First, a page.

This is weak spin, Mikey. What Cheney's crowd did to Plame was as wrong as it was stupid and vindictive. It boggles the imagination to think that the best way Cheney could come up with to discredit a critic in the New York Times was to out his wife. He's the freakin' vice president of the United States. If he pushes a button in his office, a Pundit Signal goes up, Tim Russert, George Stephanopolous and the other Sunday morning hosts slide down their Pundit Poles, and they show up within 10 minutes in their Pundit Mobiles.

As much as I'm sure my main questions will yet again be ignored, let's try this one more time: Plame is a liar and deeply biased in a way that discredits her service more than anyone else could, Wilson is an incompetent liar and even more blinded by his prejudices, fucked up his "investigation" by not actually conducting one and then pretending he did, and Fitzgerald knew who leaked long ago and it wasn't Cheney. Are you seriously trying to tell us Armitage did Cheney's bidding or ever would? Or Russert, or Stephanopolous? Talk about weak spin.

Wilson has discredited himself a thousand times over and needs no help from Bush and co., but it's entirely pertinent to the discussion how he got involved in the first place. He lied about it and so did his wife. When are their perjury trials, exactly?

If liberals are so interested in keeping US secrets secret, how about going after the NYT, or Nancy Pelosi, or Howard Dean, or Bill Clinton? Sandy Berger, maybe? Of course not. It's ludicrous to be so jazzed in one direction but not at all in the other, and even more so to think the rest of us are too dumb to notice their selective interest.

Hey, cling to this fantasy for all the good it will do. It's petty, pointless and a diversion from meaningful matters. We really do have better things to do than rehash this garbage, try to impeach Bush for doing what every prominent Democrat had been threatening for a decade or more, or any of the hundreds of idiotic time-wasters the Dem-controlled congress is doing right now and will continue to do. It's a great way to lose the '08 election, but that's about it in terms of usefulness to anyone at all.

The question is whether it's acceptable for a president to do it for his own officials when he's associated with their crimes.

One, President Bush is not associated with this "crime", per se. Two: Henry Cisneros, John Deutch.

Plame is a liar and deeply biased in a way that discredits her service more than anyone else could, Wilson is an incompetent liar and even more blinded by his prejudices, fucked up his "investigation" by not actually conducting one and then pretending he did, and Fitzgerald knew who leaked long ago and it wasn't Cheney.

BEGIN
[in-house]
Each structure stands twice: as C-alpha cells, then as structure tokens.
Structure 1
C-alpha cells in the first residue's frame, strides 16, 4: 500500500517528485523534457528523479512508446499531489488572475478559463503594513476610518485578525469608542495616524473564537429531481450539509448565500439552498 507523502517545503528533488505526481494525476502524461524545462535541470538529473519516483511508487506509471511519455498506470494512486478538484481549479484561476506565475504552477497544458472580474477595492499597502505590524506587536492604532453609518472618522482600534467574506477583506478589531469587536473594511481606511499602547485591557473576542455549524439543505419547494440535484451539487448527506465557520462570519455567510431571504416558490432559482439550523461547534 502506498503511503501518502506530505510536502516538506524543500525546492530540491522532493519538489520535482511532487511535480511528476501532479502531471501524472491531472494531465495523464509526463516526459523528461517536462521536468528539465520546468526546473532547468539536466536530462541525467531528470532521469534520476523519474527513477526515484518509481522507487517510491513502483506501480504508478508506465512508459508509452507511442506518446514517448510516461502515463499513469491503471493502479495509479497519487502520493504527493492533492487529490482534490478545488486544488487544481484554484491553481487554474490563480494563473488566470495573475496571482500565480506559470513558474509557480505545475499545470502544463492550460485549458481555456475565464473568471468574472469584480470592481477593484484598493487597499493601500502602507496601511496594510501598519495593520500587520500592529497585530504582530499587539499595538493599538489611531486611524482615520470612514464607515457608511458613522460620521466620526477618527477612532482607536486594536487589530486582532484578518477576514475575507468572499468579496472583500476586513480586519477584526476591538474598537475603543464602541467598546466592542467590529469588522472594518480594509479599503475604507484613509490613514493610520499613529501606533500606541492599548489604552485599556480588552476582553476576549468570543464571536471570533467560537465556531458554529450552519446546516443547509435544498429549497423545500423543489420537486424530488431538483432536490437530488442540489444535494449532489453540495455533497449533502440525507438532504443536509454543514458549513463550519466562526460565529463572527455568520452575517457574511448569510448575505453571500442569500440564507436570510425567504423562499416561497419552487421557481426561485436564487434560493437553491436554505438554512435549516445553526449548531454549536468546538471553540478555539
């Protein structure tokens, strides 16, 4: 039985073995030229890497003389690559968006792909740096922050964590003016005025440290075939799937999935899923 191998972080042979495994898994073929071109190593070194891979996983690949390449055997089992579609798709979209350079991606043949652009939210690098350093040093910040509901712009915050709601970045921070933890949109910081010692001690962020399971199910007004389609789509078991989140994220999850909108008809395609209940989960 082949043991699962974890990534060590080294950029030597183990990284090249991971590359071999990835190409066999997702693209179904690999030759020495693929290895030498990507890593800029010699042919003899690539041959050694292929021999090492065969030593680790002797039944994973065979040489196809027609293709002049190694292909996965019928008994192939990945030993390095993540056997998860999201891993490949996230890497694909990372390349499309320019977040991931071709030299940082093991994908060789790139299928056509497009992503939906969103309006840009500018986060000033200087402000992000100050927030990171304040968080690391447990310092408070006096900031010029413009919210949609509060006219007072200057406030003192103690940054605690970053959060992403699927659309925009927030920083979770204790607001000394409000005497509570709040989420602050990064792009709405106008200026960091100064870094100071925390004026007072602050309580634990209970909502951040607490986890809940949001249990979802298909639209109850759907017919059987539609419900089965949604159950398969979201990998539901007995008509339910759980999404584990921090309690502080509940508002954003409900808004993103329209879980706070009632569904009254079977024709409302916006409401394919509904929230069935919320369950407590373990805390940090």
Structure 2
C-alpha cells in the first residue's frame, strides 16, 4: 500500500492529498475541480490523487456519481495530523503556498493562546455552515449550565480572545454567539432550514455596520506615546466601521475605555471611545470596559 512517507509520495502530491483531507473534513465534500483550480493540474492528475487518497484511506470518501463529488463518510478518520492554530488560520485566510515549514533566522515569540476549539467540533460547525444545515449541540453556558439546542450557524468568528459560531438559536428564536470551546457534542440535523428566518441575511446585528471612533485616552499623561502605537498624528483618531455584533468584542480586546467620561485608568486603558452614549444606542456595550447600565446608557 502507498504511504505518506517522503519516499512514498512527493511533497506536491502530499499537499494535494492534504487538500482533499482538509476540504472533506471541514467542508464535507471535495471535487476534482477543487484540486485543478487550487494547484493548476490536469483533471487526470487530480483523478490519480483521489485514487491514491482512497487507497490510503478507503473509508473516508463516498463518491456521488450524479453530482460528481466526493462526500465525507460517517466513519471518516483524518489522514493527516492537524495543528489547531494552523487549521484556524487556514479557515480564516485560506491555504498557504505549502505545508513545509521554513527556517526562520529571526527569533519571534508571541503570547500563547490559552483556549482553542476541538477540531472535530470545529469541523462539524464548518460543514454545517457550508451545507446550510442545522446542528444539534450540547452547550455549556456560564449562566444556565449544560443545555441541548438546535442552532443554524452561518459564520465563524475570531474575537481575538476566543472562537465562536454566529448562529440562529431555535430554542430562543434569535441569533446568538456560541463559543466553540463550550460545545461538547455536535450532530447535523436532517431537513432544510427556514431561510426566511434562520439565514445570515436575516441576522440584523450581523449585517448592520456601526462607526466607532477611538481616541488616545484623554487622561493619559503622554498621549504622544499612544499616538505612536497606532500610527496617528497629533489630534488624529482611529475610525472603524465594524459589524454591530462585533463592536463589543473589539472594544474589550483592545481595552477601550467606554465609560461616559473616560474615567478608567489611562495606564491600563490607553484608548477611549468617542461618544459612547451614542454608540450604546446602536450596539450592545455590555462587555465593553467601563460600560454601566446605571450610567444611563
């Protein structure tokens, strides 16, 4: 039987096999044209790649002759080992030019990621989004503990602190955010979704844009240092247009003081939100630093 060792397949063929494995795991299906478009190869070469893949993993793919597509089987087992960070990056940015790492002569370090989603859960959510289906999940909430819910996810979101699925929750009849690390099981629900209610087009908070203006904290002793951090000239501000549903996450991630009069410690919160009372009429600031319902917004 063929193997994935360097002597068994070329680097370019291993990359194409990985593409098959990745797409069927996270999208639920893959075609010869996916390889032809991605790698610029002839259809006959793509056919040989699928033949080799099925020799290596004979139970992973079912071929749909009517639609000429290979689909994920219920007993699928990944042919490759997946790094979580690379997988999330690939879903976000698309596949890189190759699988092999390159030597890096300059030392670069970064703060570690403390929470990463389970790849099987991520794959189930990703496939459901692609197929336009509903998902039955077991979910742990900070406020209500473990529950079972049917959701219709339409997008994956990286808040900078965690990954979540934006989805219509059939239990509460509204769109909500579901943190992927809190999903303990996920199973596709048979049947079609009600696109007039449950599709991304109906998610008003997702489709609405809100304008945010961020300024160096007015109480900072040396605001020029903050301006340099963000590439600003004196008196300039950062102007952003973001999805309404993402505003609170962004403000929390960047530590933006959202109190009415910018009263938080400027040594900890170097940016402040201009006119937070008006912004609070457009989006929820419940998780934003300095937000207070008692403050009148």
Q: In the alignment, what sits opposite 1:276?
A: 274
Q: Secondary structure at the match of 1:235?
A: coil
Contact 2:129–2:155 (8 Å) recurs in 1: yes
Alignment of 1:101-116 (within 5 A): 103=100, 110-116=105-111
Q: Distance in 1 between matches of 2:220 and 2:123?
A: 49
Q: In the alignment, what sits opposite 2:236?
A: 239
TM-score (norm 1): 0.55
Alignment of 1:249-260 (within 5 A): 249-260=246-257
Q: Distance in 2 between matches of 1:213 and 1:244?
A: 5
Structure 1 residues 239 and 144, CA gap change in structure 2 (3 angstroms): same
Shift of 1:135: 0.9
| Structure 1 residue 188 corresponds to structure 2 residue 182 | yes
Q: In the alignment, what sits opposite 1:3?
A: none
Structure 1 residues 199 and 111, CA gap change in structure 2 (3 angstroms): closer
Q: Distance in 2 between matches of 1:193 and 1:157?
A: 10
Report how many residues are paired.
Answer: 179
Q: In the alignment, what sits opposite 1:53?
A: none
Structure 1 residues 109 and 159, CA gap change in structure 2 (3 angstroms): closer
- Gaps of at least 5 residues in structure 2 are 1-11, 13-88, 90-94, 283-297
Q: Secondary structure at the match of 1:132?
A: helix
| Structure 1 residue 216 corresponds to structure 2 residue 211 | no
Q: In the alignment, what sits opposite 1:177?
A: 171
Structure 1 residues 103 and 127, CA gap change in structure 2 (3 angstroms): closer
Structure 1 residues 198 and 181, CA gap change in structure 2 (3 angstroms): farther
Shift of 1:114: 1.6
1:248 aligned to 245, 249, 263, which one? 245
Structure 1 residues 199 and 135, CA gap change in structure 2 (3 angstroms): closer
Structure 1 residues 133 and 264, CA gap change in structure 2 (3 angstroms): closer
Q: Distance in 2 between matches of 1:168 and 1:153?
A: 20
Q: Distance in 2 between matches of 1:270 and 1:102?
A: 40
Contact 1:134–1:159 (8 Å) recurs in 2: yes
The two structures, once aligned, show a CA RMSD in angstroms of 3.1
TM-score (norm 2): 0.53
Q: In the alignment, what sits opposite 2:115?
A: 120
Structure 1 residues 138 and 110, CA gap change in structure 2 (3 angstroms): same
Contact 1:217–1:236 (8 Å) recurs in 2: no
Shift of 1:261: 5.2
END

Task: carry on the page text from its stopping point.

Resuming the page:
I've been following this story from the moment David Corn read Robert Novak's column and asked in The Nation whether the disclosure of Plame's work for the CIA was a crime.

None of the things you're saying about Plame, Wilson or Fitzgerald has any bearing on whether or not it was a crime. All three could be the worst people in the world and it would still be illegal for White House officials to disclose a covert agent's identity to a reporter.

Your assessment of them also has no bearing on whether Libby obstructed justice. He chose to lie, presumably to cover for Cheney's involvement in the campaign to discredit Wilson through media leaks.

All of the things you're saying are after-the-fact rationalizations for bad acts.

Walk me through this. Armitage carried water for Cheney and Bush? He's the "White House official" who's endangered our national security? And yet you've got nothing to say about him, or anyone else who plays games with national security/covert agents/programs/etc. Selective umbrage is pretty unconvincing, Rogers.

My point is simple: the Libby sentence was completely out of context with his crime and clearly meant to be a liberal consolation prize since they can't get anywhere witch hunting Bush or Cheney. And when liberals suddenly feign interest in such matters only when partisan points might be scored, it makes them look dishonest, cynical and unserious. If you think there's mileage to be had in this vein, go crazy. It sure looks crazy from here.

Libby wasn't sentenced on the basis of his crime, he was sentenced on the basis of a crime that no one is alleging he committed. Furthermore, the CIA seems to want nothing to do with the IIPA regs about who's covert and who's not (and by the time she was "outed," she sure as hell wasn't any more, assuming she had ever been), and that in itself should raise major questions about her status.

Plame and Wilson's motivations for lying, not doing their jobs and (in Wilson's case) trying to make political hay in the process are matters for serious consideration, but you're not interested in anyone's bad acts but Republicans, I guess. Fine by me, but don't pretend you're serious about national security, covert status or the law.

I'm selecting for umbrage the two entities most certain to have done something wrong -- Libby for obstructing justice and President Bush for commuting his sentence -- and on Cheney, whose fingerprints are all over this thing. I haven't said anything about Armitage (or Rove) because they weren't prosecuted by Fitzgerald.

I don't buy the idea that Fitzgerald is in the business of giving "consolation prizes" or anything else to liberals. He's a Republican appointee whose decision to prosecute was made under a Republican president and Republican Congress.

But Armitage was the leaker, so who did he leak for, and why? Not Bush or Cheney, surely? Fitzgerald as Republican tool is even harder to fathom.